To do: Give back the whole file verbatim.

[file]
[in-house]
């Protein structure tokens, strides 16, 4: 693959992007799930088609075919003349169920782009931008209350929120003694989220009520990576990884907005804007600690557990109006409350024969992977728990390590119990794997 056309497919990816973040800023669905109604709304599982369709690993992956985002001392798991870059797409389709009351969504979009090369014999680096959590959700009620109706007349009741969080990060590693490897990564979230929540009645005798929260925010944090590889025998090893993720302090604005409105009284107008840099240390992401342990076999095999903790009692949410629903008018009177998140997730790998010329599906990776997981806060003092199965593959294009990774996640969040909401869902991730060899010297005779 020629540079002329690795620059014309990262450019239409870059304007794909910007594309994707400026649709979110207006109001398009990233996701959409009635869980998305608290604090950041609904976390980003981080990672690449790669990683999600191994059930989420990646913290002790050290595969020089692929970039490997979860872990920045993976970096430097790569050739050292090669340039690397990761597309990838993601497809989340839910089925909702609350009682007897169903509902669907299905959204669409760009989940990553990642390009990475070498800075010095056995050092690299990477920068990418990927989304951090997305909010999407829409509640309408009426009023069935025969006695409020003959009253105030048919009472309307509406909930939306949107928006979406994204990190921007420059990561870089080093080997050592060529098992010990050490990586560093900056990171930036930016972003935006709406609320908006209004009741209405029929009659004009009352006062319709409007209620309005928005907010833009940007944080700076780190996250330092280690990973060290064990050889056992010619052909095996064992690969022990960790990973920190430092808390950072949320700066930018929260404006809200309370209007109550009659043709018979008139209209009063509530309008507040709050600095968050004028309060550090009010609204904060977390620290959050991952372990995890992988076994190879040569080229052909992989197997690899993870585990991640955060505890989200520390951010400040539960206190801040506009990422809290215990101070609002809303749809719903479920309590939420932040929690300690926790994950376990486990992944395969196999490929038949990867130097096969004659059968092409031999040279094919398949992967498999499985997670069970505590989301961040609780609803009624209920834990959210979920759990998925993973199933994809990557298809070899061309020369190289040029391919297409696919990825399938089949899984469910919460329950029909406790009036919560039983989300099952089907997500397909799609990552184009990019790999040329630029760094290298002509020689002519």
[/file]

[in-house]
């Protein structure tokens, strides 16, 4: 693959992007799930088609075919003349169920782009931008209350929120003694989220009520990576990884907005804007600690557990109006409350024969992977728990390590119990794997 056309497919990816973040800023669905109604709304599982369709690993992956985002001392798991870059797409389709009351969504979009090369014999680096959590959700009620109706007349009741969080990060590693490897990564979230929540009645005798929260925010944090590889025998090893993720302090604005409105009284107008840099240390992401342990076999095999903790009692949410629903008018009177998140997730790998010329599906990776997981806060003092199965593959294009990774996640969040909401869902991730060899010297005779 020629540079002329690795620059014309990262450019239409870059304007794909910007594309994707400026649709979110207006109001398009990233996701959409009635869980998305608290604090950041609904976390980003981080990672690449790669990683999600191994059930989420990646913290002790050290595969020089692929970039490997979860872990920045993976970096430097790569050739050292090669340039690397990761597309990838993601497809989340839910089925909702609350009682007897169903509902669907299905959204669409760009989940990553990642390009990475070498800075010095056995050092690299990477920068990418990927989304951090997305909010999407829409509640309408009426009023069935025969006695409020003959009253105030048919009472309307509406909930939306949107928006979406994204990190921007420059990561870089080093080997050592060529098992010990050490990586560093900056990171930036930016972003935006709406609320908006209004009741209405029929009659004009009352006062319709409007209620309005928005907010833009940007944080700076780190996250330092280690990973060290064990050889056992010619052909095996064992690969022990960790990973920190430092808390950072949320700066930018929260404006809200309370209007109550009659043709018979008139209209009063509530309008507040709050600095968050004028309060550090009010609204904060977390620290959050991952372990995890992988076994190879040569080229052909992989197997690899993870585990991640955060505890989200520390951010400040539960206190801040506009990422809290215990101070609002809303749809719903479920309590939420932040929690300690926790994950376990486990992944395969196999490929038949990867130097096969004659059968092409031999040279094919398949992967498999499985997670069970505590989301961040609780609803009624209920834990959210979920759990998925993973199933994809990557298809070899061309020369190289040029391919297409696919990825399938089949899984469910919460329950029909406790009036919560039983989300099952089907997500397909799609990552184009990019790999040329630029760094290298002509020689002519």